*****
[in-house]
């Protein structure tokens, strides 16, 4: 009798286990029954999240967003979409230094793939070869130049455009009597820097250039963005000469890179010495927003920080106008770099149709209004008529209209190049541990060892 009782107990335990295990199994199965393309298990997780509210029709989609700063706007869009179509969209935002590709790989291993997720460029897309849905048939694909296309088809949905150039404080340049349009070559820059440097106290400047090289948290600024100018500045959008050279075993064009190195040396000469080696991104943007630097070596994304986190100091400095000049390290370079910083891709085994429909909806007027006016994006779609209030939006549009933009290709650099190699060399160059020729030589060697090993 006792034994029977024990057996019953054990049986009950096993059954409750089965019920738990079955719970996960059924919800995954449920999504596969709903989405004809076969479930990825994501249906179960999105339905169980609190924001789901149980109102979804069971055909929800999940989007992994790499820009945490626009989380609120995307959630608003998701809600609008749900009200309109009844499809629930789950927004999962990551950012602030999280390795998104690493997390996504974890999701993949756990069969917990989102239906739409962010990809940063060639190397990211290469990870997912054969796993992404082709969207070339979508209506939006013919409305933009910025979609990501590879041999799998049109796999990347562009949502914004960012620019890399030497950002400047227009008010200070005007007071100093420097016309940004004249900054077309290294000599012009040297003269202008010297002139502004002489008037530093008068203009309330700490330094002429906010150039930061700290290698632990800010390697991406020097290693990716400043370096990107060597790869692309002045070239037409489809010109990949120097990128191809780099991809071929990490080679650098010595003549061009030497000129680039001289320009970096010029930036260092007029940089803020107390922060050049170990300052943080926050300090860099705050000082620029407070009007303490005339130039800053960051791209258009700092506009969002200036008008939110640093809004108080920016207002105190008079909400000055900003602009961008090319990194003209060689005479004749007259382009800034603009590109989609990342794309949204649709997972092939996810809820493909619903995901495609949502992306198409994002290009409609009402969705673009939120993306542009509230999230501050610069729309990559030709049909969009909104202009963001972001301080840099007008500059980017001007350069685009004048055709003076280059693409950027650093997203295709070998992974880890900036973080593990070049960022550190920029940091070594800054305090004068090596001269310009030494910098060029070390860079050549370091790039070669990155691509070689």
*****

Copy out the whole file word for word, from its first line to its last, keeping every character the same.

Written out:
[in-house]
């Protein structure tokens, strides 16, 4: 009798286990029954999240967003979409230094793939070869130049455009009597820097250039963005000469890179010495927003920080106008770099149709209004008529209209190049541990060892 009782107990335990295990199994199965393309298990997780509210029709989609700063706007869009179509969209935002590709790989291993997720460029897309849905048939694909296309088809949905150039404080340049349009070559820059440097106290400047090289948290600024100018500045959008050279075993064009190195040396000469080696991104943007630097070596994304986190100091400095000049390290370079910083891709085994429909909806007027006016994006779609209030939006549009933009290709650099190699060399160059020729030589060697090993 006792034994029977024990057996019953054990049986009950096993059954409750089965019920738990079955719970996960059924919800995954449920999504596969709903989405004809076969479930990825994501249906179960999105339905169980609190924001789901149980109102979804069971055909929800999940989007992994790499820009945490626009989380609120995307959630608003998701809600609008749900009200309109009844499809629930789950927004999962990551950012602030999280390795998104690493997390996504974890999701993949756990069969917990989102239906739409962010990809940063060639190397990211290469990870997912054969796993992404082709969207070339979508209506939006013919409305933009910025979609990501590879041999799998049109796999990347562009949502914004960012620019890399030497950002400047227009008010200070005007007071100093420097016309940004004249900054077309290294000599012009040297003269202008010297002139502004002489008037530093008068203009309330700490330094002429906010150039930061700290290698632990800010390697991406020097290693990716400043370096990107060597790869692309002045070239037409489809010109990949120097990128191809780099991809071929990490080679650098010595003549061009030497000129680039001289320009970096010029930036260092007029940089803020107390922060050049170990300052943080926050300090860099705050000082620029407070009007303490005339130039800053960051791209258009700092506009969002200036008008939110640093809004108080920016207002105190008079909400000055900003602009961008090319990194003209060689005479004749007259382009800034603009590109989609990342794309949204649709997972092939996810809820493909619903995901495609949502992306198409994002290009409609009402969705673009939120993306542009509230999230501050610069729309990559030709049909969009909104202009963001972001301080840099007008500059980017001007350069685009004048055709003076280059693409950027650093997203295709070998992974880890900036973080593990070049960022550190920029940091070594800054305090004068090596001269310009030494910098060029070390860079050549370091790039070669990155691509070689």